The critical mind hesitates at this point. Must we seek from without what we cannot attain by our own unaided power? It is a blow to pride--most of all to that pride which passes today for scientific "humility" that "sits down before fact as a little child" and yet refuses to acknowledge any arbiter of fact save the proud human reason. It is, however, a particular revelation--Divine Revelation, the Christian Revelation--that so repels the rationalist; other revelations he does not gainsay.
Indeed, the man who does not accept, fully and consciously, a coherent doctrine of truth such as the Christian Revelation provides, is forced--if he has any pretensions to knowledge whatever--to seek such a doctrine elsewhere; this has been the path of modern philosophy, which has ended in obscurity and confusion because it would never squarely face the fact that it cannot supply for itself what can only be given from without. The blindness and confusion of modern philosophers with regard to first principles and the dimension of the absolute have been the direct consequence of their own primary assumption, the non-existence of Revelation; for this assumption in effect blinded men to the light of the sun and rendered obscure everything that had once been clear in its light. To one who gropes in this darkness there is but one path, if he will not be healed of his blindness; and that is to seek some light amidst the darkness here below. Many run to the flickering candle of "common sense" and conventional life and accept--because one must get along somehow--the current opinions of the social and intellectual circles to which they belong. But many others, finding this light too dim, flock to the magic lanterns that project beguiling, multicolored views that are, if nothing else, distracting, they become devotees of this or the other political or religious or artistic current that the "spirit of the age" has thrown into fashion. In fact no one lives but by the light of some revelation, be it a true or a false one, whether it serve to enlighten or obscure. He who will not live by the Christian Revelation must live by a false revelation; and all false revelations lead to the Abyss.
We began this investigation with the logical question, "what is truth?" That question may--and must--be framed from an entirely different point of view. The skeptic Pilate asked the question, though not in earnest; ironically for him, he asked it of the Truth Himself "I am the Way, the Truth, and the Life: no man cometh unto the Father, but by Me."  "Ye shall know the Truth, and the Truth shall make you free."  Truth in this sense, Truth that confers eternal life and freedom, cannot be attained by any human means; it can only be revealed from above by One Who has the power to do so.
The path to this Truth is a narrow one, and most men--because they travel the "broad" path--miss it. There is no man, however,--for so the God Who is Truth created him--who does not seek this Truth. We shall examine, in later chapters, many of the false absolutes, the false gods men have invented and worshipped in our idolatrous age; and we shall find that what is perhaps most striking about them is that every one of them, far from being any "new revelation," is a dilution, a distortion, a perversion, or a parody of the One Truth men cannot help but point to even in their error and blasphemy and pride. The notion of Divine Revelation has been thoroughly discredited for those who must obey the dictates of the "spirit of the age"; but it is impossible to extinguish the thirst for truth which God has implanted in man to lead them to Him, and which can only be satisfied in the acceptance of His Revelation. Even those who profess satisfaction with "relative" truths and consider themselves too "sophisticated" or "honest" or even "humble" to pursue the absolute--even they tire, eventually, of the fare of unsatisfying tidbits to which they have arbitrarily confined themselves, and long for more substantial fare.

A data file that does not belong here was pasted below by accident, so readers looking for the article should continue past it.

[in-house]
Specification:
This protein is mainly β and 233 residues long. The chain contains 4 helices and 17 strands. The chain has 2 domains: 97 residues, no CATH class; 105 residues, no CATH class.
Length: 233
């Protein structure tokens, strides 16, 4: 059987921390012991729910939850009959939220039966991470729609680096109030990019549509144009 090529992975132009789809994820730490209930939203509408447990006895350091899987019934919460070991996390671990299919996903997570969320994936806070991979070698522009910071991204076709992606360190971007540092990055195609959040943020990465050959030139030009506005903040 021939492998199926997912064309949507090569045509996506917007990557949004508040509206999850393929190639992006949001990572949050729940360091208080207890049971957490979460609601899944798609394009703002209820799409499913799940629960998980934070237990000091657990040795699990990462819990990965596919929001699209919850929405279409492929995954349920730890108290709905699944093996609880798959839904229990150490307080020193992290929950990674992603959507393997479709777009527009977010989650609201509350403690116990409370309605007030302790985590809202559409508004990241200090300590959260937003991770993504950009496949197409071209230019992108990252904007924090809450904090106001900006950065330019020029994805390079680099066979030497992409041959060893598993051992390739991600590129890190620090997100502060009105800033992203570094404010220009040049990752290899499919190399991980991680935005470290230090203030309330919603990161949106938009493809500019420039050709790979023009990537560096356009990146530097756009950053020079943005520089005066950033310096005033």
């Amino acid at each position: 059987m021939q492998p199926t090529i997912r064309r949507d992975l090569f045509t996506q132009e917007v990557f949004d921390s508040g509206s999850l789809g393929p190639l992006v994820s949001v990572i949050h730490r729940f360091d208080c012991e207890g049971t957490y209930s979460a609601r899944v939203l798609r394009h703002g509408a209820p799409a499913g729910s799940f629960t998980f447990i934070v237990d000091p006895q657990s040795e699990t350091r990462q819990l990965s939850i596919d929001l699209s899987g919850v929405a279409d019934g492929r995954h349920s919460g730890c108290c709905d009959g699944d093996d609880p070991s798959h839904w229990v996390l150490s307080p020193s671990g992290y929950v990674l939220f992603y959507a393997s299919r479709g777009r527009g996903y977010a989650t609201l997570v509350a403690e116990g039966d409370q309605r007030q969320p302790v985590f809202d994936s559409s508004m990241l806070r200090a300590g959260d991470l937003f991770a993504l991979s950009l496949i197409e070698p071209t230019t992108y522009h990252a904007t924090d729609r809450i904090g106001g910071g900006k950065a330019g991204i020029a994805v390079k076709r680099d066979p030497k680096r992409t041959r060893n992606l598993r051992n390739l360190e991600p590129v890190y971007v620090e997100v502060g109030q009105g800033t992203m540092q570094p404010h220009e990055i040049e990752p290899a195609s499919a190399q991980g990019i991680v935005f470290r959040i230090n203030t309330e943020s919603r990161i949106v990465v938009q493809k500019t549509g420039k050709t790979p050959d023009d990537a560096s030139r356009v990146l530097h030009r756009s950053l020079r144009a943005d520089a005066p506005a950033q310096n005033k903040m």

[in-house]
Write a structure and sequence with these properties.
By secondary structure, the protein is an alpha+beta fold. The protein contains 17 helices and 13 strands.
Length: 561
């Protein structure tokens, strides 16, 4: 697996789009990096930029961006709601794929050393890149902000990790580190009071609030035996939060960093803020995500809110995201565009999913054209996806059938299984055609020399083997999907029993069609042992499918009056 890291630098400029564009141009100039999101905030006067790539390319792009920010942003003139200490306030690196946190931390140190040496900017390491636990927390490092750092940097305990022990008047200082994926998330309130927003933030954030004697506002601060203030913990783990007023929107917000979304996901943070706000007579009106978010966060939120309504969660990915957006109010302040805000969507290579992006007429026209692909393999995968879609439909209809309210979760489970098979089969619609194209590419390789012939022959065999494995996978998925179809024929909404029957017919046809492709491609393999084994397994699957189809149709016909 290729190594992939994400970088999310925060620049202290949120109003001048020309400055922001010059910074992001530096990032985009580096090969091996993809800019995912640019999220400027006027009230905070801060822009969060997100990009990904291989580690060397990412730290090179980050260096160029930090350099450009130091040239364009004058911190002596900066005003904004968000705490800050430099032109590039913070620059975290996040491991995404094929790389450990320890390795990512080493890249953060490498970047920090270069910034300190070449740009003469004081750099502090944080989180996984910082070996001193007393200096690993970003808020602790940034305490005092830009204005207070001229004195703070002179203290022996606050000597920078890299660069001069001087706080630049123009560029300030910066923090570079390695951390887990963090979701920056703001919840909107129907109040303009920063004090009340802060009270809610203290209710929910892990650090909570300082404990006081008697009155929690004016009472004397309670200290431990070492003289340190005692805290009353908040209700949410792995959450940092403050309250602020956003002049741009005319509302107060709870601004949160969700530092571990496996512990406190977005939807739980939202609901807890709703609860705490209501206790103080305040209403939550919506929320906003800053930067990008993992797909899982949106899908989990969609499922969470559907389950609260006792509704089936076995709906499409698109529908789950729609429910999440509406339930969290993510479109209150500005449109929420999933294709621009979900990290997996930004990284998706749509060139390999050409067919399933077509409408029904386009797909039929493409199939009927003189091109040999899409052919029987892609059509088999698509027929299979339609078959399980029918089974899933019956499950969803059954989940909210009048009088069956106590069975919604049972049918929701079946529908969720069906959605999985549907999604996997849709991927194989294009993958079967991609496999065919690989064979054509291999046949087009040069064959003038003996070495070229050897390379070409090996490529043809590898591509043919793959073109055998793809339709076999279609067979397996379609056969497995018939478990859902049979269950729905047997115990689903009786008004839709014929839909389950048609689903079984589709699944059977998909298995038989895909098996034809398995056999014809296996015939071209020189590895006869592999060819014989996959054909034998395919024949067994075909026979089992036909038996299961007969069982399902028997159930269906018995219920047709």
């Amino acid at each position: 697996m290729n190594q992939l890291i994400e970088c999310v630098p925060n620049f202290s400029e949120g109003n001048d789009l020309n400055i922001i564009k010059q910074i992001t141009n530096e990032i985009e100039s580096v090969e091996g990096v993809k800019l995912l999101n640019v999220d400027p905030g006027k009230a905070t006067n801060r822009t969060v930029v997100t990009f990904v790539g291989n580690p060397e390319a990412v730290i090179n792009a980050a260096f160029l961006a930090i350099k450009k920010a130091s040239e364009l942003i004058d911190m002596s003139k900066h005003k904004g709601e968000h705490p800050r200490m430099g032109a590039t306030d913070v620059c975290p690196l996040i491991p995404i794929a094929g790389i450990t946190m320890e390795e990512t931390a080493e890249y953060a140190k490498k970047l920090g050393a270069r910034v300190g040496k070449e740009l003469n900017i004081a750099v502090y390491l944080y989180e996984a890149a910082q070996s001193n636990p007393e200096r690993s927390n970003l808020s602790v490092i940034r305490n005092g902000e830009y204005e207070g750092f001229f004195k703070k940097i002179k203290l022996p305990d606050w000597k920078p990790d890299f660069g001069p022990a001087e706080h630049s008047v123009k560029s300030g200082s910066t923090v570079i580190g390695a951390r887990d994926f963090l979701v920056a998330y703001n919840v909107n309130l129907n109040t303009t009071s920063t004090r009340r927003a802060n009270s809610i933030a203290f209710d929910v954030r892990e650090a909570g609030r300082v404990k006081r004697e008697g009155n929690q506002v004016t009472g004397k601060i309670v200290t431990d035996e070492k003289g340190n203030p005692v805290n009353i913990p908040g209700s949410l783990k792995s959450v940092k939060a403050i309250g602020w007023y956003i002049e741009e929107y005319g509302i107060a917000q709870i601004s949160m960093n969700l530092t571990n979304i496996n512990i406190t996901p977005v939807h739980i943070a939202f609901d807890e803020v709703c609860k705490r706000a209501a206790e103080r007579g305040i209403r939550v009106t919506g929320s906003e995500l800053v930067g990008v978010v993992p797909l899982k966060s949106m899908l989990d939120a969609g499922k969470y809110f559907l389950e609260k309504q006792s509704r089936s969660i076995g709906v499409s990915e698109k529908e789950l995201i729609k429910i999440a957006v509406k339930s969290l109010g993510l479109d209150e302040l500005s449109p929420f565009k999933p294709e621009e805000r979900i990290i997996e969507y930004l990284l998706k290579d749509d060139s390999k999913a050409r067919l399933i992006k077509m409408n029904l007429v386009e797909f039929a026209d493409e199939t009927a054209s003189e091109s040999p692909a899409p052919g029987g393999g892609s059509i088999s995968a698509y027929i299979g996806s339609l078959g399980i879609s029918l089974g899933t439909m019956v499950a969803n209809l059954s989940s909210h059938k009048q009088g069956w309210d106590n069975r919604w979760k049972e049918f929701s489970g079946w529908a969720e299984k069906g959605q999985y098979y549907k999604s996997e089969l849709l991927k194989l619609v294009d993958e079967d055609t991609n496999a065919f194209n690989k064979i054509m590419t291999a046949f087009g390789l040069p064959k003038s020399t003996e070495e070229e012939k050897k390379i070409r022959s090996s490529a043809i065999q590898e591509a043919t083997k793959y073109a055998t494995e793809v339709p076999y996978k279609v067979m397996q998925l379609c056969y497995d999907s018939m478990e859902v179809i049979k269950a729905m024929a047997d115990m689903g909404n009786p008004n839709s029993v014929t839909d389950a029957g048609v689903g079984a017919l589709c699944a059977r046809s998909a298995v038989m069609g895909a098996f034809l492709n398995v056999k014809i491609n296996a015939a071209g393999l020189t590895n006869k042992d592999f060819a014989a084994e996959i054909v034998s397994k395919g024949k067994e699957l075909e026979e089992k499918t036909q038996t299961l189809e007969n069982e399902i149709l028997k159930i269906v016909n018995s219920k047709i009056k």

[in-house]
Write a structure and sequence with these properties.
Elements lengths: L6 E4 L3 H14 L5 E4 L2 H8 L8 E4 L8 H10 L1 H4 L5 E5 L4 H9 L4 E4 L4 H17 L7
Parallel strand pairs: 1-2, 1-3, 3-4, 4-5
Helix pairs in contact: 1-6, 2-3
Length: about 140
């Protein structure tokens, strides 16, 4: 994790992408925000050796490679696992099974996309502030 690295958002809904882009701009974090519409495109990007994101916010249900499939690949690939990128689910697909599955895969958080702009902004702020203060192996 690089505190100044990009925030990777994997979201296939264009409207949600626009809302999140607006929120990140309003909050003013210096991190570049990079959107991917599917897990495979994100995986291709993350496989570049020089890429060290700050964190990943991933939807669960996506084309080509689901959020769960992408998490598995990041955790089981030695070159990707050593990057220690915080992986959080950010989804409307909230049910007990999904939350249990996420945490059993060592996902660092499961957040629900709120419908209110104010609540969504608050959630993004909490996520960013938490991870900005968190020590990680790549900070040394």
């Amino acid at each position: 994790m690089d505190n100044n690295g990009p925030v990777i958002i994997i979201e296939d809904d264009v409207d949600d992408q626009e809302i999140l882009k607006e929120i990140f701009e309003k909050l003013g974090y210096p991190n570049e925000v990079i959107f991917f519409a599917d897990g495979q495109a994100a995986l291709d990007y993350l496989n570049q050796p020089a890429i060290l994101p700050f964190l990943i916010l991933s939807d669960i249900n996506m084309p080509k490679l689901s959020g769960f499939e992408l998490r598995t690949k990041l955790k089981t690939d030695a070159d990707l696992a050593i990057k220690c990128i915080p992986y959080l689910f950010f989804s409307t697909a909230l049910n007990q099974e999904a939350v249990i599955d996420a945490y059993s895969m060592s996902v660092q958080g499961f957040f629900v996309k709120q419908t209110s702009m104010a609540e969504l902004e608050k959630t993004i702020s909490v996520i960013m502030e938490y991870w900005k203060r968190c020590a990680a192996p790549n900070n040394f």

The whole food of Christian Truth, however, is accessible only to faith; and the chief obstacle to such faith is not logic, as the facile modern view has it, but another and opposed faith. We have seen indeed, that logic cannot deny absolute truth without denying itself, the logic that sets itself up against the Christian Revelation is merely the servant of another "revelation," of a false "absolute truth": namely Nihilism.
In the following pages we shall characterize as "Nihilists" men of, as it seems, widely divergent views: humanists, skeptics, revolutionaries of all hues, artists and philosophers of various schools; but they are united in a common task. Whether in positivist "criticism" of Christian truths and institutions, revolutionary violence against the Old Order, apocalyptic visions of universal destruction and the advent of a paradise on earth, or objective scientific labors in the interests of a "better life" in this world--the tacit assumption being that there is no other world--their aim is the same: the annihilation of Divine Revelation and the preparation of a new order in which there shall be no trace of the "old" view of things, in which Man shall be the only god there is.